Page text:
DL's for the border, not just solid beds: varying heights.


Date:    Wed, 28 Jul 1999 20:02:32 -0400
From:    bobandmimi <bobandmimi@HAMPTONS.COM>
Subject: EVALUATING SEEDLINGS

>Date: Wed, 28 Jul 1999 20:01:43 -0400
>To: Michal Graber <mglily@gwi.net>
>From: bobandmimi <bobandmimi@hamptons.com>
>Subject: Re: Private: Bob need your advice!
>
>Hi Robins.
>
>I received a posting from Michal Graber asking me how I evaluate my
>seedlings.  I thought others might be interested.  At least, I hope some
>others might be interested.
>
>I can only talk about how I evaluate seedlings in my garden on Eastern Long
>Island in Zone 6b.
>
>If the first time I see a seedling bloom it has a flower that makes me
>swoon, 4 way branching, 35 buds, great foliage, and a scape that holds the
>flowers appropriately high above the foliage and is good and sturdy -
>there's no problem.  The evaluation process is simple.  I jump up and down,
>wave my hat in the air, let out whoops of glee.  After a while, my eyes roll
>up and I fall down.  After I regain consciousness, I flag the plant.  I then
>try to cross on it. I always cross on good first year seedlings (and on not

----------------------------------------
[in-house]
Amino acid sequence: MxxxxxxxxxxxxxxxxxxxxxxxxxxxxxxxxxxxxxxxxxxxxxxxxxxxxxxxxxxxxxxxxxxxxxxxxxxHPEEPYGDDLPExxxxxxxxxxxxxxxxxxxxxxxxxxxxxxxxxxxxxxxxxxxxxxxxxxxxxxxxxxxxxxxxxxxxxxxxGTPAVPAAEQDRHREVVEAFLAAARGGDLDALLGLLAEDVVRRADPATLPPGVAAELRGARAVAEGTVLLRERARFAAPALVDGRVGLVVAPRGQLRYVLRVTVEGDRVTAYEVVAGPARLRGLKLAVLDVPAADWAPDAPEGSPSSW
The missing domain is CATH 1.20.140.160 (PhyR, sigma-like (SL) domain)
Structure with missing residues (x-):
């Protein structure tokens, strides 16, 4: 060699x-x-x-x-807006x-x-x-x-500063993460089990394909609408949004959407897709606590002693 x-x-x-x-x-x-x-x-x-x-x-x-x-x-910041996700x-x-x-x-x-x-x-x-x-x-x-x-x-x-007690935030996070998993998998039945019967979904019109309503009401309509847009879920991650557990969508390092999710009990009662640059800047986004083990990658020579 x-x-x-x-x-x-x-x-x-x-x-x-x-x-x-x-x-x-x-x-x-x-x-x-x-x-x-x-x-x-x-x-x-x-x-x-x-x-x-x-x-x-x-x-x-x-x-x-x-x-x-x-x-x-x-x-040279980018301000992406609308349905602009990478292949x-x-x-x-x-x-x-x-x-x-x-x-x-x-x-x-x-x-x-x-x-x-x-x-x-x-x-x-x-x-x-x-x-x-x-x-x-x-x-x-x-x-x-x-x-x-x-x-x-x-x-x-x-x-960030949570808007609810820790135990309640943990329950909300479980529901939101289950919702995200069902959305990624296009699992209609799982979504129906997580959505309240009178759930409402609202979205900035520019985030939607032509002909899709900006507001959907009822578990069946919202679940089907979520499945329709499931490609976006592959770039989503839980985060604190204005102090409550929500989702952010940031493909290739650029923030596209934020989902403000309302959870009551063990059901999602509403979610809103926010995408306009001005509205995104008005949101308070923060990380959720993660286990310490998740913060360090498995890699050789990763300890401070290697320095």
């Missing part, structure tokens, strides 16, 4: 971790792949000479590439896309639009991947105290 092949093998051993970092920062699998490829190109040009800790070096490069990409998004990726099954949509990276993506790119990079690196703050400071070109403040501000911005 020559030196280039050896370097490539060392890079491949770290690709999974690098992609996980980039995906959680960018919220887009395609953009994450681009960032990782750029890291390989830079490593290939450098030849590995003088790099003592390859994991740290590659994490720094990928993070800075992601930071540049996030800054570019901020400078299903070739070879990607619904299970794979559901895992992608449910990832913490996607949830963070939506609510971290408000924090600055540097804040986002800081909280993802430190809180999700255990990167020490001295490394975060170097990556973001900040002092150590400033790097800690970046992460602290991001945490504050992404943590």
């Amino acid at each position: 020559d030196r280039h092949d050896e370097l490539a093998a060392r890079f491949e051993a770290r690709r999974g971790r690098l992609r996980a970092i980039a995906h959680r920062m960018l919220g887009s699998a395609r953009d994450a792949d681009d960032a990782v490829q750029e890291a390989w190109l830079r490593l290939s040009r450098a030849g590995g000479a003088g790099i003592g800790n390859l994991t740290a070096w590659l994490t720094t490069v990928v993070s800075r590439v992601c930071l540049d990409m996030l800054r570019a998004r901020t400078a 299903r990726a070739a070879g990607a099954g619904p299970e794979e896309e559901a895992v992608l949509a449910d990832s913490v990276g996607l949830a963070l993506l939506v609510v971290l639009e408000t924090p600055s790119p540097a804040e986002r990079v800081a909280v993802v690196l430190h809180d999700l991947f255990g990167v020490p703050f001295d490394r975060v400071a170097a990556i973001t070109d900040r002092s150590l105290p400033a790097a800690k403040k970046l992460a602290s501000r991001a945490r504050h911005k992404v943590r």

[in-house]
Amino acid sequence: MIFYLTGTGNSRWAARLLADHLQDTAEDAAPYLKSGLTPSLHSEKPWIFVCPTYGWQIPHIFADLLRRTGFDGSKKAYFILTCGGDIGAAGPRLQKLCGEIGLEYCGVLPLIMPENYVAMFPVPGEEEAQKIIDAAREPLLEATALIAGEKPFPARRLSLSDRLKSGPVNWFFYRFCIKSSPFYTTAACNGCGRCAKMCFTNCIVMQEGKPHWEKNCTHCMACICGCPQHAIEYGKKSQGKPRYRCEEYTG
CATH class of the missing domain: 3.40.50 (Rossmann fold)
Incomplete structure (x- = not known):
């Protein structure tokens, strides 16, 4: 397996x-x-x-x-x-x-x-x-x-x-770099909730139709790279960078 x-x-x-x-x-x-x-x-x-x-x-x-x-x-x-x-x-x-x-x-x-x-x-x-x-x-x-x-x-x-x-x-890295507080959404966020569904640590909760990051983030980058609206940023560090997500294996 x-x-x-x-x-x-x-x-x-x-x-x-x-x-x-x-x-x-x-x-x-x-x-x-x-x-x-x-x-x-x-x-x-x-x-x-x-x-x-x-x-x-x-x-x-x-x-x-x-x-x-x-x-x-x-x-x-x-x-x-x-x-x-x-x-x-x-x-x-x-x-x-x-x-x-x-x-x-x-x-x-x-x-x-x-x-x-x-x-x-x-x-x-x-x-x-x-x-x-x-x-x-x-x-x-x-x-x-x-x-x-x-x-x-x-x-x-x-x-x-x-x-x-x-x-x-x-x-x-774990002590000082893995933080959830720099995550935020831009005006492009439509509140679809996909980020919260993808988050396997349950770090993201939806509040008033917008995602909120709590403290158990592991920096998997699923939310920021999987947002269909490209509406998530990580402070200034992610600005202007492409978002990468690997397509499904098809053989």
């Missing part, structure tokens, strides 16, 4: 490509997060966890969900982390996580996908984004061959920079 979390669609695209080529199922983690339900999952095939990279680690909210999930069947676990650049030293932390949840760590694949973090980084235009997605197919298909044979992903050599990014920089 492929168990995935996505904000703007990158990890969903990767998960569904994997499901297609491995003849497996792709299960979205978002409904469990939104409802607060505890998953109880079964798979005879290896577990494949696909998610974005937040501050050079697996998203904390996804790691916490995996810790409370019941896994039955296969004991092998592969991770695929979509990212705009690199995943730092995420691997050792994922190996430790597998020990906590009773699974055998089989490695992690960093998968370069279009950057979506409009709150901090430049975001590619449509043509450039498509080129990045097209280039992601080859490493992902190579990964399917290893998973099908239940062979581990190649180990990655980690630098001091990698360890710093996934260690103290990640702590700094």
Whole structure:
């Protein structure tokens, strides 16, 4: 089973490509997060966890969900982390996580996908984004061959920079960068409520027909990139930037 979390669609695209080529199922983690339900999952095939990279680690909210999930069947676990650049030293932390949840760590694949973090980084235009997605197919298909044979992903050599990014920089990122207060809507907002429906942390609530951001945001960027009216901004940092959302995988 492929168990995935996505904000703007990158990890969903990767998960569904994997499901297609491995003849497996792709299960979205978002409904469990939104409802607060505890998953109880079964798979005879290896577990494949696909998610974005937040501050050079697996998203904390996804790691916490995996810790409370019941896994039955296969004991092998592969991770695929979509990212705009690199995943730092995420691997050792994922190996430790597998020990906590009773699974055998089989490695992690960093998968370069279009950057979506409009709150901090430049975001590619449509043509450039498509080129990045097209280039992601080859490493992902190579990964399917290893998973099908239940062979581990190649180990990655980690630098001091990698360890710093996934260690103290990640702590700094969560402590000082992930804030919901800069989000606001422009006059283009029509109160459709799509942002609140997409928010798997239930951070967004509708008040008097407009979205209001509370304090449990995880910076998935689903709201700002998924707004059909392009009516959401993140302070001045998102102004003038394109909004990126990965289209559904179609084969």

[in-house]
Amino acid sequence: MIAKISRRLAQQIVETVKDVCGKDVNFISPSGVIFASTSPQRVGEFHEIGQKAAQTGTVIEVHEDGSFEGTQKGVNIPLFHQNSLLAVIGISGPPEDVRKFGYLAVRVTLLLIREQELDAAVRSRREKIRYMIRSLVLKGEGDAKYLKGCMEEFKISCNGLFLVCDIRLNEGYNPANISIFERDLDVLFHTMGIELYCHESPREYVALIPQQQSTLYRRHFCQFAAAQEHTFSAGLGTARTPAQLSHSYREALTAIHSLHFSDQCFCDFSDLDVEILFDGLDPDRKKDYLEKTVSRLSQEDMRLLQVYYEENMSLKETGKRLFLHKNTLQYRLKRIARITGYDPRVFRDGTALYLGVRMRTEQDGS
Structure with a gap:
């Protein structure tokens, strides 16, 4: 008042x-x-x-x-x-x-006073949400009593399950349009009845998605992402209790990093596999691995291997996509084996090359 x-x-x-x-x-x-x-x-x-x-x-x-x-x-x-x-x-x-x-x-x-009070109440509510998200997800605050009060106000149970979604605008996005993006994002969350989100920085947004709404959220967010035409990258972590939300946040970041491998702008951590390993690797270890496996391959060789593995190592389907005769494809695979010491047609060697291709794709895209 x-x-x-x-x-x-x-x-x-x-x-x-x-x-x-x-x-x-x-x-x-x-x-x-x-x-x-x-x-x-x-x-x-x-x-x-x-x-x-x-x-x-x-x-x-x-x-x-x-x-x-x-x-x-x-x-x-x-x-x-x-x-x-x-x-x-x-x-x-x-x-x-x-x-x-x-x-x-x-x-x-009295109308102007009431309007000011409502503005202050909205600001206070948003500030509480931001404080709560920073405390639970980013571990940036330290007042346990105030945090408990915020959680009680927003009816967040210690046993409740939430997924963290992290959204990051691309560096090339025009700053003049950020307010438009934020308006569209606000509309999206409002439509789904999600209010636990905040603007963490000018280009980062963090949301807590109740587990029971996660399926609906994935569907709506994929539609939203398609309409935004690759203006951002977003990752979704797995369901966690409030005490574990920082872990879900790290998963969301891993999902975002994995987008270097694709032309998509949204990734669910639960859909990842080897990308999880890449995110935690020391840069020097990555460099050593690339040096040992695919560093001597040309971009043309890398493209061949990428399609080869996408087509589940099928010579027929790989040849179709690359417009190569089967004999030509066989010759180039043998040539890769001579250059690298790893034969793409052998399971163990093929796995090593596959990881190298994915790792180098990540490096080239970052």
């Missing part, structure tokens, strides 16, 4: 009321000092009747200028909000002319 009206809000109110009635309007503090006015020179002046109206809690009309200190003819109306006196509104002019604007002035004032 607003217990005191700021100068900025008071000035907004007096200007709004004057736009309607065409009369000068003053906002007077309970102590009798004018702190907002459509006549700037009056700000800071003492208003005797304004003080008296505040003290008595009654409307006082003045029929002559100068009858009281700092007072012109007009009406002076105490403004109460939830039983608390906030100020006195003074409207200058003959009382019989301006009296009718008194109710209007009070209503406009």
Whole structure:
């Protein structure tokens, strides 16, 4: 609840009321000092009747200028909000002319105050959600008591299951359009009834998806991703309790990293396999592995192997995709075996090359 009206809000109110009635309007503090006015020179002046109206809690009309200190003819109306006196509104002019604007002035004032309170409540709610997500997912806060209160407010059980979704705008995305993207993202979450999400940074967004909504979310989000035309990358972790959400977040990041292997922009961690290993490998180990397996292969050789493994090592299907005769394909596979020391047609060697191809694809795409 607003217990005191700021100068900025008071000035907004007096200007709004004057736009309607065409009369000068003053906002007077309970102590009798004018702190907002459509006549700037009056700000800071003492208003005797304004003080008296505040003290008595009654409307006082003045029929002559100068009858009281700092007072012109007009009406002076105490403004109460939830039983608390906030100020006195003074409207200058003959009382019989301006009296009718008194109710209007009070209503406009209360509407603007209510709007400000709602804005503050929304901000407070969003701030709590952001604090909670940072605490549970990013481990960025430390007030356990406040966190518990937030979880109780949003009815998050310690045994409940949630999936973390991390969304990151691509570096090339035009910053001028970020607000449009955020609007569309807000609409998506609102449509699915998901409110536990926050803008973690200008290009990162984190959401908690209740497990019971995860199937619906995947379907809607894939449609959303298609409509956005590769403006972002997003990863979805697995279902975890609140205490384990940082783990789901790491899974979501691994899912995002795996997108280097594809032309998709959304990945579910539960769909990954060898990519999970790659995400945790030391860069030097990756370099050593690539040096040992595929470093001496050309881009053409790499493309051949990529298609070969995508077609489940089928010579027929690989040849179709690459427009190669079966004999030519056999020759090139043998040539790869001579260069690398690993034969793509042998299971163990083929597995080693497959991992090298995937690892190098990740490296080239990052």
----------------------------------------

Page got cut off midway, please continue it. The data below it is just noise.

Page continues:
>so good ones too), I have never seen that it does them any harm.  In the
>fall I take it out and give it special care.  If the plant performs well for
>the next couple of years, depending what is "out there" in the market, I may
>have an introduction.
>
>More often I will bloom a "bridge plant".  That is, a plant that has several
>desirable features, but is not good enough in all areas to introduce.
>However, these plants are stepping stones on the way to achieving my goals.
>Crossing my "bridges" after I've bloomed them, with Cvs that have
>characteristics that will improve them can eventually get me closer to my
>goal.  This can be a tedious endeavor, though, lasting a few generations,
>and when one is fast approaching 70, and is in a two year bloom cycle, one
>does not want to start crossing on a seedling that requires too many
>improvements.  That may just be too many bridges to cross.
>
>But, I have several proven parents that have given me introductions.  I use
>these on bridge plants hoping to make something acceptable in one generation.
>
>I am involved in hybridizing Tet UFos.  There are not a lot of them out
>there, so, having built up a line of UFos in the past 10 years and using
>them to cross with, it is relatively easy for me to produce plants that are
>not similar to things that are already on the market.
>
>If the plant habit is good and the flower is really unique (form and color),
>I find that double branching and 20+ buds is minimum.  There are many
>hybridizers for conventional hems for whom these criteria are sufficient.
>Of course 5 way branching and 40 buds would be better.
>
>I look for seedlings that rebloom and try to use them if they have any other
>redeeming features.